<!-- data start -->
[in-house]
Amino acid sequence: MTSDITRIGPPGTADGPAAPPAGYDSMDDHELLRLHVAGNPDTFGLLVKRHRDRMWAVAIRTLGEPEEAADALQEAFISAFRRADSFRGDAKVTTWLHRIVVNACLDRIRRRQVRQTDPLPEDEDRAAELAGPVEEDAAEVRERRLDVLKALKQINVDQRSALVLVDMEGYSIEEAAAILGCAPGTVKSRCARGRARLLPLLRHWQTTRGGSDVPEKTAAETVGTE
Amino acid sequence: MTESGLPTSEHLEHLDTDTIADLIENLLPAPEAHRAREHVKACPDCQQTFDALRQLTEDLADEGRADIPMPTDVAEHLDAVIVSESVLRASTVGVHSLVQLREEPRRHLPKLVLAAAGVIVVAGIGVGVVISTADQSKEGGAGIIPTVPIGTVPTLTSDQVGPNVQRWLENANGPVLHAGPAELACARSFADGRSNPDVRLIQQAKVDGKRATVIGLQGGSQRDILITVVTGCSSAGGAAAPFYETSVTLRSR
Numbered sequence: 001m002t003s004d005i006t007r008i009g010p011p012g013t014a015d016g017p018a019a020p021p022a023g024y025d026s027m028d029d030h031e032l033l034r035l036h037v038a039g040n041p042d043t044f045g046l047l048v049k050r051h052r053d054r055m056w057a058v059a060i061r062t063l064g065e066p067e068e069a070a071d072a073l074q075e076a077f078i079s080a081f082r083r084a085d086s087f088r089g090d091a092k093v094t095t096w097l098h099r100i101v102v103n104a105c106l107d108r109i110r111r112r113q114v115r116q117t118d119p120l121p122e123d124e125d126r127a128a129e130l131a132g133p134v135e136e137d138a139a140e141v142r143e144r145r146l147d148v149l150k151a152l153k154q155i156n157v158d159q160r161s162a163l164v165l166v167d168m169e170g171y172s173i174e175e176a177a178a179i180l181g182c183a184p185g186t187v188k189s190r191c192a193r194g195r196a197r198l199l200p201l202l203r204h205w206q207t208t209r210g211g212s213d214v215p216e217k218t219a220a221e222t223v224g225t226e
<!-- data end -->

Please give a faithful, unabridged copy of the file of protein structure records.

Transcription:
[in-house]
Amino acid sequence: MTSDITRIGPPGTADGPAAPPAGYDSMDDHELLRLHVAGNPDTFGLLVKRHRDRMWAVAIRTLGEPEEAADALQEAFISAFRRADSFRGDAKVTTWLHRIVVNACLDRIRRRQVRQTDPLPEDEDRAAELAGPVEEDAAEVRERRLDVLKALKQINVDQRSALVLVDMEGYSIEEAAAILGCAPGTVKSRCARGRARLLPLLRHWQTTRGGSDVPEKTAAETVGTE
Amino acid sequence: MTESGLPTSEHLEHLDTDTIADLIENLLPAPEAHRAREHVKACPDCQQTFDALRQLTEDLADEGRADIPMPTDVAEHLDAVIVSESVLRASTVGVHSLVQLREEPRRHLPKLVLAAAGVIVVAGIGVGVVISTADQSKEGGAGIIPTVPIGTVPTLTSDQVGPNVQRWLENANGPVLHAGPAELACARSFADGRSNPDVRLIQQAKVDGKRATVIGLQGGSQRDILITVVTGCSSAGGAAAPFYETSVTLRSR
Numbered sequence: 001m002t003s004d005i006t007r008i009g010p011p012g013t014a015d016g017p018a019a020p021p022a023g024y025d026s027m028d029d030h031e032l033l034r035l036h037v038a039g040n041p042d043t044f045g046l047l048v049k050r051h052r053d054r055m056w057a058v059a060i061r062t063l064g065e066p067e068e069a070a071d072a073l074q075e076a077f078i079s080a081f082r083r084a085d086s087f088r089g090d091a092k093v094t095t096w097l098h099r100i101v102v103n104a105c106l107d108r109i110r111r112r113q114v115r116q117t118d119p120l121p122e123d124e125d126r127a128a129e130l131a132g133p134v135e136e137d138a139a140e141v142r143e144r145r146l147d148v149l150k151a152l153k154q155i156n157v158d159q160r161s162a163l164v165l166v167d168m169e170g171y172s173i174e175e176a177a178a179i180l181g182c183a184p185g186t187v188k189s190r191c192a193r194g195r196a197r198l199l200p201l202l203r204h205w206q207t208t209r210g211g212s213d214v215p216e217k218t219a220a221e222t223v224g225t226e